Standardised Scores: About

You can use the Standardised Scores mark scheme to record standardised test results from any test provider, including NFER, Rising Stars, GL Assessment, Renaissance, etc. Standardised scores are more easily comparable over time and between subjects than raw scores and other test data, so we usually recommend storing these for analysis in Insight where available.

For a look at the pros and cons of using standardised tests, see James Pembroke's writeup here.
Scaled Scores, including SAT Scaled Scores, are calculated differently from Standardised Scores and should be recorded using a different mark scheme. Please refer to SAT Scaled Scores for more information.

For more on the difference, we recommend Michael Tidd's article: Standardised and Scaled Scores

Evaluation of Standardised Scores

By default, Insight evaluates Standardised Scores using the following thresholds:

Standardised Score range


Insight Evaluation


Well below average



Below average



Low average






High average



Above average


These thresholds can be customised for your school. James Pembroke (data analyst guru) has written about the thinking behind this breakdown in his article: Using standardised scores in progress matrices

Note that on most of Insight's cohort and analysis reports, standardised scores will be grouped according to their evaluation, rather than the score ranges above. For a more detailed breakdown by range, you can use the Progress Matrix report or the advanced options on the Overviews - Attainment report.

More Information on Standardised Scores

'Raw' test scores are often standardised in such a way that:

  • The average score is 100, making it easy to compare a pupil's performance against the average performance or against the same pupil's performance in other tests. This also means that standardised scores for groups (such as classes or schools) can be meaningfully averaged and compared. This means, for example, that you can compare the performance of your school against national averages, or of your boys against your girls across your whole school.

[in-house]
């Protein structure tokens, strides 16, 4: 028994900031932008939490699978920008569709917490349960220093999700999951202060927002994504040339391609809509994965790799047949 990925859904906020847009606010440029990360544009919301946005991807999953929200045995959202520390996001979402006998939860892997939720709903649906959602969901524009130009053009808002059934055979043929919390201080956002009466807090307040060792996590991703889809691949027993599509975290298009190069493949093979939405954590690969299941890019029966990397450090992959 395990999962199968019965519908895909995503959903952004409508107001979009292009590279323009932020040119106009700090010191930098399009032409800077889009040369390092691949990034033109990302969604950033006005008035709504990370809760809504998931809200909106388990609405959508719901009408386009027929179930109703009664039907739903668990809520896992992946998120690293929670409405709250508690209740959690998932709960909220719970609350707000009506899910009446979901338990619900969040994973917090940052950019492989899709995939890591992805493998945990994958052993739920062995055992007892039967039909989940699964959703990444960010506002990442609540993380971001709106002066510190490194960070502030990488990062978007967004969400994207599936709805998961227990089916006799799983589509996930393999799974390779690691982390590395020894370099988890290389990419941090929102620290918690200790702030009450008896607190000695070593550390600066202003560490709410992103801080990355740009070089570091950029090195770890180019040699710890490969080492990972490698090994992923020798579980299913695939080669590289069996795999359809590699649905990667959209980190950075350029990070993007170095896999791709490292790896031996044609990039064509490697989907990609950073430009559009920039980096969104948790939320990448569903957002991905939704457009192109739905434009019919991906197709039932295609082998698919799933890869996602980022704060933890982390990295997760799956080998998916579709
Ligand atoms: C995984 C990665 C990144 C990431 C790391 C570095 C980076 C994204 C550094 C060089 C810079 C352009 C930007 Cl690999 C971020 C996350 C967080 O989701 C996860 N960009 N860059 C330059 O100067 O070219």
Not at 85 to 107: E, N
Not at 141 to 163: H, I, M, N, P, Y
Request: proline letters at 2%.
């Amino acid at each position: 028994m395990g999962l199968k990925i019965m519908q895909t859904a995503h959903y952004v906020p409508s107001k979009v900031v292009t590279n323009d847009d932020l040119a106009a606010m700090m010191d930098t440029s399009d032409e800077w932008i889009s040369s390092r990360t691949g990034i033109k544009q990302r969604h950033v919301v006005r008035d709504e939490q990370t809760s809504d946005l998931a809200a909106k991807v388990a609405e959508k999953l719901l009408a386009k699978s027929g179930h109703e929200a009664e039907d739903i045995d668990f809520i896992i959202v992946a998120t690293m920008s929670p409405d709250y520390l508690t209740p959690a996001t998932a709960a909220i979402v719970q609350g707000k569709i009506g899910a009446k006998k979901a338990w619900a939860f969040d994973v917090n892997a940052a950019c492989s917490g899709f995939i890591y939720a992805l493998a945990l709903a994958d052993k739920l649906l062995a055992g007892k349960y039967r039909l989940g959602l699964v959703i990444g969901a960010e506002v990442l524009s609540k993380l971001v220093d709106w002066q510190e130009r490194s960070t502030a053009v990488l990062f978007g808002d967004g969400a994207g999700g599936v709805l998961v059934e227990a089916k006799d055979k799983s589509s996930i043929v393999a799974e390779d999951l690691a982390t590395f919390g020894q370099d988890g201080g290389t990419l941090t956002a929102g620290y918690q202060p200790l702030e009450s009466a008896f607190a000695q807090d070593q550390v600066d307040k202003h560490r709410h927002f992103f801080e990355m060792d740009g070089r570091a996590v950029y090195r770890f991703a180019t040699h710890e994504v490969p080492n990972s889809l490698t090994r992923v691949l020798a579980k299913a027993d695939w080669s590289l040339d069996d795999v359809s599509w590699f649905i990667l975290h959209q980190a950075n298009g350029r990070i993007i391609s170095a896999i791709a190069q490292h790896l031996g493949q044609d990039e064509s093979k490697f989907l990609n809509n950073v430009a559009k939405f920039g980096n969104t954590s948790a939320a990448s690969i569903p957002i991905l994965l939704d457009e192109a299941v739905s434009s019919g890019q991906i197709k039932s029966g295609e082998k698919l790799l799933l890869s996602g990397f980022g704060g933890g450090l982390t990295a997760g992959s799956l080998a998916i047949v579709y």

• The spread of scores (the standard deviation) is -/+ 15, meaning that roughly two thirds of pupils in the national sample (not within each school) will achieve a score between 85 and 115. Scores outside this range are usually considered exception: roughly 95% of pupils achieve a score between 70 and 130, and roughly 99% achieve a score between 60 and 140.
  • Test scores are usually also adjusted so that the resulting standardised scores make allowances for the differences in pupils' ages (sometimes called an Age Standardised Score, or Standard Age Score)
Do beware of comparing average standardised scores for small groups: "an averaged score from a just a few pupils is not a reliable indicator." Source, p.1-2.

Percentile Ranks

On request (contact support) Insight can automatically calculate a pupil's Percentile Rank based on their Standardised Score, and show this in brackets, eg: 101 (53%)

This is a useful way to see where a pupil sits compared to the average. For example, a pupil who has a Percentile Rank of 50% performed at the same level or better than 50% of the sample group.

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